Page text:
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Tallahassee Activists Want TPD To Step Up Enforcement of Law That Protects People With Visual Impairments

A man who is presumed to be visually impaired holds a white cane. He rolls the cane back and forth across the sidewalk as he moves forward.
Andrey Popov
Adobe Stock
People with visual impairments can use travel aids called white canes. The canes are typically white with red near the tip and help those who are visually impaired maneuver their surroundings.

Local activists are asking the Tallahassee Police Department to give officers additional training on what's commonly known as Florida's White Cane Law. It says drivers must come to a complete stop when they see someone crossing or attempting to cross the road with the help of a guide dog or white cane. A white cane is a travel aid that someone with a visual impairment can use to scan the ground in front of them. It is typically white with a red strip near its tip.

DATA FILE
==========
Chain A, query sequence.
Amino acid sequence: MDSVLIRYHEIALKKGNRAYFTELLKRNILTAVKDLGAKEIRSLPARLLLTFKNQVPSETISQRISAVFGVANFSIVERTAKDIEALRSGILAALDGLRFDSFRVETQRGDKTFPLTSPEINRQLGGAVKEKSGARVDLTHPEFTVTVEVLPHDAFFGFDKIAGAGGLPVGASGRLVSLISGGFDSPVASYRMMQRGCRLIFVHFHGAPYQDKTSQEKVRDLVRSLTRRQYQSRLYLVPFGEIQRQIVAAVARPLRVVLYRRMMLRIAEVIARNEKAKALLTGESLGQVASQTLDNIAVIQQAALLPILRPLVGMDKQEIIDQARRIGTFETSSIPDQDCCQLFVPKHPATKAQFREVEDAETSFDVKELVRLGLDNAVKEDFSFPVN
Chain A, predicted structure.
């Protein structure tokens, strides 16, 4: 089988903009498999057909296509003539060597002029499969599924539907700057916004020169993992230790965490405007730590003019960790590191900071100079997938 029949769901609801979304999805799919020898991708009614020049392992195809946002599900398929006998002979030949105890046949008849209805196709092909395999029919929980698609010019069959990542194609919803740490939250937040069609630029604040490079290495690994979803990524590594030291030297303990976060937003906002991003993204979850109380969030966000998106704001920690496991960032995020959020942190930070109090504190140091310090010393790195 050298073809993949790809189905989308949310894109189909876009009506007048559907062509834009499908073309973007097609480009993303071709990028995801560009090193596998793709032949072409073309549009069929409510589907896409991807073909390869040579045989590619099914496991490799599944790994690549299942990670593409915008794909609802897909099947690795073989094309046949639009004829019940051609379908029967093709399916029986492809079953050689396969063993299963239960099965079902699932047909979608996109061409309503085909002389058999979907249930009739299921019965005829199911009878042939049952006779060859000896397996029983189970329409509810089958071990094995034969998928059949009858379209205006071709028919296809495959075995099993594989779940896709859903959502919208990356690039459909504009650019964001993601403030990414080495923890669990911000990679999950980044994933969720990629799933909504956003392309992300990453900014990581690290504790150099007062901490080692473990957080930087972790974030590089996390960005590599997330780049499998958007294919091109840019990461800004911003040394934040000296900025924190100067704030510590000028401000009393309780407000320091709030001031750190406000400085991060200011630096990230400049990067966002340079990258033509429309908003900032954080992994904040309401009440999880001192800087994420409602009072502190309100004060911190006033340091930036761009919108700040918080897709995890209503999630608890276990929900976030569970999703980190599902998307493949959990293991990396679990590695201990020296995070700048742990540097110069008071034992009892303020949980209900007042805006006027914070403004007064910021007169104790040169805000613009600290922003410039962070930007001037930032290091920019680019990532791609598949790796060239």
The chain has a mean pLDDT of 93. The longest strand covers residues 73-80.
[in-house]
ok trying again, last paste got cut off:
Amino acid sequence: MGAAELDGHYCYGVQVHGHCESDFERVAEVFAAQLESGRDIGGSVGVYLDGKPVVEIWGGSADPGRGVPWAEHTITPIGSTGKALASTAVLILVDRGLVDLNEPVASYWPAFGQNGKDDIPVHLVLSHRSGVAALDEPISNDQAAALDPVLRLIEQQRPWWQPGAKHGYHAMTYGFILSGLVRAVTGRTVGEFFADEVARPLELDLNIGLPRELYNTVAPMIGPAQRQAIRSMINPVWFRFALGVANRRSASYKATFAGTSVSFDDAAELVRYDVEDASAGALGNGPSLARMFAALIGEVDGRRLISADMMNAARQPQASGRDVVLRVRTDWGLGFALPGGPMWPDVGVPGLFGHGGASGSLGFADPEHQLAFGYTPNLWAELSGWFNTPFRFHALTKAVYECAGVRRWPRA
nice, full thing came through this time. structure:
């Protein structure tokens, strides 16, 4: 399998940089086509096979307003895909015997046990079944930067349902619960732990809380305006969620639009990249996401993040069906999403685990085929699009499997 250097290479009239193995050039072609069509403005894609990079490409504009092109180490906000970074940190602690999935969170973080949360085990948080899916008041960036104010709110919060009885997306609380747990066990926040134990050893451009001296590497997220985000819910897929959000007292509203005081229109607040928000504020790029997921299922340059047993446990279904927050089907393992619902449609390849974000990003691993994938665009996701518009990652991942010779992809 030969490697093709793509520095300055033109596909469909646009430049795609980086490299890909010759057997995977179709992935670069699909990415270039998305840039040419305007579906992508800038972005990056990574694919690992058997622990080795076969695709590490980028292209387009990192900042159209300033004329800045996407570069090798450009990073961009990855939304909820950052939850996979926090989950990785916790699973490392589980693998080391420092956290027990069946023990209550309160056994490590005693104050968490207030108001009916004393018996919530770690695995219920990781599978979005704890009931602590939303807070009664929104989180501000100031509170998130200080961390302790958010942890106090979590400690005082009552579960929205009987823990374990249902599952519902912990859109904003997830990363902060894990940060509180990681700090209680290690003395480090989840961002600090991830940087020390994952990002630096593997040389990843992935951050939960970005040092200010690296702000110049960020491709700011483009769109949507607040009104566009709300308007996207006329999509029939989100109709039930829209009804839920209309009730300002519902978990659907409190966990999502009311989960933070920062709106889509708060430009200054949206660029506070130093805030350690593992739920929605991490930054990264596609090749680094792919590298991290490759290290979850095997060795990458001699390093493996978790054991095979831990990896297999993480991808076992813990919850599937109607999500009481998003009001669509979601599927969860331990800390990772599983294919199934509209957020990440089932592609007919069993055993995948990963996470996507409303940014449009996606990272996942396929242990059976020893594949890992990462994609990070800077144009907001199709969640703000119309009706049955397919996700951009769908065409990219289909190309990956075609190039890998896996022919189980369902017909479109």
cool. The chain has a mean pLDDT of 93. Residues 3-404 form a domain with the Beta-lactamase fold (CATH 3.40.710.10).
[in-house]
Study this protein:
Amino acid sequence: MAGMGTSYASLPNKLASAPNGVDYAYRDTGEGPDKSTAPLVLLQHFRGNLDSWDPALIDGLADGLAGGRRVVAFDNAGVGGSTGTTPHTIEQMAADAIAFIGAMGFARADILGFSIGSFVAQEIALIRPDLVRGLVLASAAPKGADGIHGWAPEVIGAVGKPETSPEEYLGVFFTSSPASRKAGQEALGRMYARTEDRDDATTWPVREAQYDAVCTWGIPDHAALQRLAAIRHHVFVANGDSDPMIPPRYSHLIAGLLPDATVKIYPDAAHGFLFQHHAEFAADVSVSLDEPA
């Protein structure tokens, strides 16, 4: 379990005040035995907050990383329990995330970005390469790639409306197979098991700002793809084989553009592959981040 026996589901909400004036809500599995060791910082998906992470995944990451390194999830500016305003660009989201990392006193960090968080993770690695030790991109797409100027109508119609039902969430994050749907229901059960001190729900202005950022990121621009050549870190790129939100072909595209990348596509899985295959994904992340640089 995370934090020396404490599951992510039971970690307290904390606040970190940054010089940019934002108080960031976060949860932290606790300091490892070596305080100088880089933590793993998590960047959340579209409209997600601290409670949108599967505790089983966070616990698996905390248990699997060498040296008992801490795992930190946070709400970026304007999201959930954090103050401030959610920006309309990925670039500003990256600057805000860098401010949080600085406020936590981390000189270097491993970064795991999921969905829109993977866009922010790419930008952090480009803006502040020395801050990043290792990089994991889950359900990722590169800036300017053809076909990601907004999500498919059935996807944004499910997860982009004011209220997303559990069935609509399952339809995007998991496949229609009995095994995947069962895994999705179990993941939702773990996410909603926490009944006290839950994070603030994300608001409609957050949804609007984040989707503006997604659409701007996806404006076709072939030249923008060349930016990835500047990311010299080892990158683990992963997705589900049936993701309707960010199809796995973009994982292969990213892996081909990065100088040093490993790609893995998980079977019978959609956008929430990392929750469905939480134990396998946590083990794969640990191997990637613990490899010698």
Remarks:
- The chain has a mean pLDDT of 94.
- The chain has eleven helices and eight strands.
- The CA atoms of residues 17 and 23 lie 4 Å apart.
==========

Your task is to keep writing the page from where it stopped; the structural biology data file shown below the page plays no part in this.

Tallahassee resident Sila Miller and her husband are visually impaired. They rely on a guide dog or white cane to get around. Miller says if more officers know about the White Cane Law, they can determine if someone has violated it and charge them. She says in her experience, officers aren't always informed.

"My husband was struck, and when the police officer arrived on the scene, they were not aware of the white cane law," Miller says.

She explains that lawmakers often rely on statistics when drafting bills, so it's important for officers to be aware of the White Cane Law and properly note violations. TPD is working on creating additional training and has sent out an email reminding officers of the law.

White Cane Awareness Day is Thursday. The council and TPD will be holding a walk in recognition of the day at Lake Ella this Saturday from 10 a.m. – 12 p.m. The Golden Corral, located at 1630 North Monroe, is the gathering place for the event.

Corrected: October 14, 2020 at 7:42 PM EDT
A previous version of this story referred to white canes as walking sticks. That reference has been corrected.